One of the most unique aspects of the apex court of our country is the unpredictable nature of its judgments; at times they are revolutionary, at times completely mind-boggling and sometimes, quite disturbingly irrational. The recent order dated 18.05.2020, passed by the honourable Supreme Court concerning three issues, namely the reopening of shopping malls, the disproportionate amount of funds allocated to combat COVID-19 and the distinction between weekdays and weekends, has not only attracted criticism but also dangerously exposed the masses to coronavirus.
It is unfortunate that Pakistan has time and again been a victim of diffused separation of powers and it is ironic that the judiciary has played an active role in this regard. The Supreme Court has entered a tenure of exercising suo moto powers regularly under Article 184(3) of the Constitution and this legacy of judicial activism has been welcomed wholeheartedly while holding politicians and public servants accountable. However, are we ready to accept decisions based on the collective wisdom of an unelected body lacking the requisite expertise for combating the spread of an infectious disease? During this period of an international health crisis when the world is uniting in order to find a possible cure or save the maximum number of lives by imposing strict lock-downs, the institutions in Pakistan remain an uncoordinated mess. Was it not enough that the federal and provincial governments had already been competing over who had autonomy over what post Eighteenth Amendment to the Constitution that the judiciary also had to step in with a completely different approach regarding its jurisdiction?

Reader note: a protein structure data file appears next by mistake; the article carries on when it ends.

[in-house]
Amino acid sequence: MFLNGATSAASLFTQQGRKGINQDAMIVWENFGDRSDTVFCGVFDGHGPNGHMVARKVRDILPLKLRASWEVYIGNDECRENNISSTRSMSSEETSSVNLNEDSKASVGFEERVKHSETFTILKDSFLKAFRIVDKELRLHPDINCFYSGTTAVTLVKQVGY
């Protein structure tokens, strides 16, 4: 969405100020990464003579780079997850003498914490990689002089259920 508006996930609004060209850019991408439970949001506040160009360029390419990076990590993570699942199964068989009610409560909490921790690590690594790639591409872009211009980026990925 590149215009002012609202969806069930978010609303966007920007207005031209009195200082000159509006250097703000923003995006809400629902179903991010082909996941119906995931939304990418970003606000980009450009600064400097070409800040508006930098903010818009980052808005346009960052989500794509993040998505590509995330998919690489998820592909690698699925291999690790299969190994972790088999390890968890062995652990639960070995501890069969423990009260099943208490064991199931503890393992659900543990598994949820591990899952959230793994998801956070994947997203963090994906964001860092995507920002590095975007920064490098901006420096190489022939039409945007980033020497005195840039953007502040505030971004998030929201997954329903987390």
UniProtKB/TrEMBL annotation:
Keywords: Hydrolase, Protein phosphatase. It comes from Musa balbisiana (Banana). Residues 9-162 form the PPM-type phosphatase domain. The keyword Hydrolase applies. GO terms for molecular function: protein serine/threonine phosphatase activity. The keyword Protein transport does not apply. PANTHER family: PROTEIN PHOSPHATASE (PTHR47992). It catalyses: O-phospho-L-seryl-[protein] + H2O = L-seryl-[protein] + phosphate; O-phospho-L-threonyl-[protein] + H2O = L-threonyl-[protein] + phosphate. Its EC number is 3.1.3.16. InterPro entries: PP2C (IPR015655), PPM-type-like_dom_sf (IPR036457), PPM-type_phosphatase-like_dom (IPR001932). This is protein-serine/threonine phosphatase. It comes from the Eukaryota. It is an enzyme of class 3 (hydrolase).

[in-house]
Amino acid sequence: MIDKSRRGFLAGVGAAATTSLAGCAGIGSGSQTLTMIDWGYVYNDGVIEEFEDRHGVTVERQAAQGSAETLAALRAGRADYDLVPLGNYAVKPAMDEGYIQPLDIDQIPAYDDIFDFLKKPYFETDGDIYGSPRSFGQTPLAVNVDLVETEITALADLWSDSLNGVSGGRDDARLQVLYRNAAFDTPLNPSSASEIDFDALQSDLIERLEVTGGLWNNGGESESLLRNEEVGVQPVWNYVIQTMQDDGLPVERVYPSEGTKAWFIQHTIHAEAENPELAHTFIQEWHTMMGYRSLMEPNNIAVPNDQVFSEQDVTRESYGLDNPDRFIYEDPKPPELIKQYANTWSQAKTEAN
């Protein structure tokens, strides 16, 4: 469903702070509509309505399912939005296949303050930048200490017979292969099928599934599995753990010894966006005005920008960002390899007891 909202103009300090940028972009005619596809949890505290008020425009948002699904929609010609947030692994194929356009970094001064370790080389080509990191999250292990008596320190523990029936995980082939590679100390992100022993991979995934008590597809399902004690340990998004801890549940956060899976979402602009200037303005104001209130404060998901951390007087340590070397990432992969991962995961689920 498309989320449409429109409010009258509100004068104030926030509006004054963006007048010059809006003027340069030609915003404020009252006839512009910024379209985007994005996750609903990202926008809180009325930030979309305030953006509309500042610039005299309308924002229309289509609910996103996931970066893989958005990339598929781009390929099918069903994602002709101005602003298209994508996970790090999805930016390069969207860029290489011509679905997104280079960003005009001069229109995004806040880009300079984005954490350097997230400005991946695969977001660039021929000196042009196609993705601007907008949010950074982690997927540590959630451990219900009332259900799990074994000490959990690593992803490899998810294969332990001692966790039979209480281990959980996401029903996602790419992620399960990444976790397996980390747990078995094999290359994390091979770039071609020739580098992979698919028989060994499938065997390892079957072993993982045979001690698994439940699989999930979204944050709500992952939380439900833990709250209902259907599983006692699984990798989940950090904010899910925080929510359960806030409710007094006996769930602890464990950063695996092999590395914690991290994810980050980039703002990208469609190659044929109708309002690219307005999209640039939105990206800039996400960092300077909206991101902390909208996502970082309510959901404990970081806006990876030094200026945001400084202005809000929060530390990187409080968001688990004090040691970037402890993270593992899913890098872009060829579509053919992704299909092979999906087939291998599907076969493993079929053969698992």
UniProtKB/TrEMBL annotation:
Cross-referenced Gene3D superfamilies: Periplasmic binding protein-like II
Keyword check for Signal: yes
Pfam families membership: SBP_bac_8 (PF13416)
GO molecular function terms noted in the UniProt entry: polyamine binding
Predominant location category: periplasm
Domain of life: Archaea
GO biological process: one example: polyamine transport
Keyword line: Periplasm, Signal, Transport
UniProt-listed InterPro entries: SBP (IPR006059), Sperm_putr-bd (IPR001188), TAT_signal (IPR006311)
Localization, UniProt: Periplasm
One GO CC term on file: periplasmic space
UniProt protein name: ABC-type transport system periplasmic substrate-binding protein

First and foremost, any decision regarding a lock-down policy falls under the domain of the provincial executive and such decision must be taken after due consideration of opinions of medical and health experts. The definition of a pandemic authorized by the World Health Organization (WHO) is “the global outbreak of a disease”. Pakistan has 43,966 confirmed cases of COVID-19 as of today and over 900 deaths so far, and by the grace of our reckless governance we have also made it to the top 20 countries most affected by the coronavirus. Yet, our judiciary is of the view that “…there are other serious ailments prevailing in the country, from which people are dying daily and those ailments are not being catered and the Coronavirus (COVID-19), which apparently is not a pandemic in Pakistan, is swallowing so huge money…” One has to appreciate that this single order, which will serve as precedent, will allow superior courts to interfere in the nitty-gritty of fund allocations by different government departments.